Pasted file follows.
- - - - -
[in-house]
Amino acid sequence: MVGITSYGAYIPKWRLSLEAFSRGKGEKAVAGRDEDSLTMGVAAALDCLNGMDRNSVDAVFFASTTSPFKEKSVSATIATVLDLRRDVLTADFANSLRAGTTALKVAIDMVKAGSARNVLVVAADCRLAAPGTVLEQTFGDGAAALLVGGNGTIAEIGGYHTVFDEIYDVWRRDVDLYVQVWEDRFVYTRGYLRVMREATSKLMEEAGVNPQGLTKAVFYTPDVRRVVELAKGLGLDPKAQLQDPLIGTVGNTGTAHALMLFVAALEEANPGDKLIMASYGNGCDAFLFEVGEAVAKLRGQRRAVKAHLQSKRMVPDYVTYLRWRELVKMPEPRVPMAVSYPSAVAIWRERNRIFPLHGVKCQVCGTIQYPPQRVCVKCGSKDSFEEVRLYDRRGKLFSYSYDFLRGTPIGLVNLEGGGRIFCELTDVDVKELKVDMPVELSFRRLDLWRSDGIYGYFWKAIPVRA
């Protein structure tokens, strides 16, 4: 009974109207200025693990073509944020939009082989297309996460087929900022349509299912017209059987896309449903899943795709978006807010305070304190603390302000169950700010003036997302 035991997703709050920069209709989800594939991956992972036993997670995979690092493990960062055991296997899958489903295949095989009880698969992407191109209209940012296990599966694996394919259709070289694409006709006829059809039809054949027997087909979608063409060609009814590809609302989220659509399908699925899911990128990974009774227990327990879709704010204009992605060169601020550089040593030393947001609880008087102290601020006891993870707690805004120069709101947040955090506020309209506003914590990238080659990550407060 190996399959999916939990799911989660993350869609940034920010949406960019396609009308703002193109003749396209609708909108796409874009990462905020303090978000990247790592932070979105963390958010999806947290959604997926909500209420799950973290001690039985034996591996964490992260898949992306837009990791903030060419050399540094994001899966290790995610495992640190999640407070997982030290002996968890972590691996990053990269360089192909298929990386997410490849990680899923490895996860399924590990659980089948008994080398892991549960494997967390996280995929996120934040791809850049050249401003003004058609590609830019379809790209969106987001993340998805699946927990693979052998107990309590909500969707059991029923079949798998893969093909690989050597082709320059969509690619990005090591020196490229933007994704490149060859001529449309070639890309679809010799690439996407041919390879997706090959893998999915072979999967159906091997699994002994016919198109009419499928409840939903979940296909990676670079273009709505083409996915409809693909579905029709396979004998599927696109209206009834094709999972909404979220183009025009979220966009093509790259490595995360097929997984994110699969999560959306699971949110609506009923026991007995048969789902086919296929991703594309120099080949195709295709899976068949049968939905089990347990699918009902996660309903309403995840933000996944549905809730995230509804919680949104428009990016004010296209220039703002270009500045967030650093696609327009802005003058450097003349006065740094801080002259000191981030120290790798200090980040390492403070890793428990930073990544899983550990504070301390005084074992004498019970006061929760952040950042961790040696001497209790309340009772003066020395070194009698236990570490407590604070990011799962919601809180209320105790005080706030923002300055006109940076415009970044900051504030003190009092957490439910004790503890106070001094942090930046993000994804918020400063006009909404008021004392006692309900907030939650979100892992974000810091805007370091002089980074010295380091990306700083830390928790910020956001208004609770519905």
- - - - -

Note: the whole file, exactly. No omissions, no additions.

[in-house]
Amino acid sequence: MVGITSYGAYIPKWRLSLEAFSRGKGEKAVAGRDEDSLTMGVAAALDCLNGMDRNSVDAVFFASTTSPFKEKSVSATIATVLDLRRDVLTADFANSLRAGTTALKVAIDMVKAGSARNVLVVAADCRLAAPGTVLEQTFGDGAAALLVGGNGTIAEIGGYHTVFDEIYDVWRRDVDLYVQVWEDRFVYTRGYLRVMREATSKLMEEAGVNPQGLTKAVFYTPDVRRVVELAKGLGLDPKAQLQDPLIGTVGNTGTAHALMLFVAALEEANPGDKLIMASYGNGCDAFLFEVGEAVAKLRGQRRAVKAHLQSKRMVPDYVTYLRWRELVKMPEPRVPMAVSYPSAVAIWRERNRIFPLHGVKCQVCGTIQYPPQRVCVKCGSKDSFEEVRLYDRRGKLFSYSYDFLRGTPIGLVNLEGGGRIFCELTDVDVKELKVDMPVELSFRRLDLWRSDGIYGYFWKAIPVRA
């Protein structure tokens, strides 16, 4: 009974109207200025693990073509944020939009082989297309996460087929900022349509299912017209059987896309449903899943795709978006807010305070304190603390302000169950700010003036997302 035991997703709050920069209709989800594939991956992972036993997670995979690092493990960062055991296997899958489903295949095989009880698969992407191109209209940012296990599966694996394919259709070289694409006709006829059809039809054949027997087909979608063409060609009814590809609302989220659509399908699925899911990128990974009774227990327990879709704010204009992605060169601020550089040593030393947001609880008087102290601020006891993870707690805004120069709101947040955090506020309209506003914590990238080659990550407060 190996399959999916939990799911989660993350869609940034920010949406960019396609009308703002193109003749396209609708909108796409874009990462905020303090978000990247790592932070979105963390958010999806947290959604997926909500209420799950973290001690039985034996591996964490992260898949992306837009990791903030060419050399540094994001899966290790995610495992640190999640407070997982030290002996968890972590691996990053990269360089192909298929990386997410490849990680899923490895996860399924590990659980089948008994080398892991549960494997967390996280995929996120934040791809850049050249401003003004058609590609830019379809790209969106987001993340998805699946927990693979052998107990309590909500969707059991029923079949798998893969093909690989050597082709320059969509690619990005090591020196490229933007994704490149060859001529449309070639890309679809010799690439996407041919390879997706090959893998999915072979999967159906091997699994002994016919198109009419499928409840939903979940296909990676670079273009709505083409996915409809693909579905029709396979004998599927696109209206009834094709999972909404979220183009025009979220966009093509790259490595995360097929997984994110699969999560959306699971949110609506009923026991007995048969789902086919296929991703594309120099080949195709295709899976068949049968939905089990347990699918009902996660309903309403995840933000996944549905809730995230509804919680949104428009990016004010296209220039703002270009500045967030650093696609327009802005003058450097003349006065740094801080002259000191981030120290790798200090980040390492403070890793428990930073990544899983550990504070301390005084074992004498019970006061929760952040950042961790040696001497209790309340009772003066020395070194009698236990570490407590604070990011799962919601809180209320105790005080706030923002300055006109940076415009970044900051504030003190009092957490439910004790503890106070001094942090930046993000994804918020400063006009909404008021004392006692309900907030939650979100892992974000810091805007370091002089980074010295380091990306700083830390928790910020956001208004609770519905």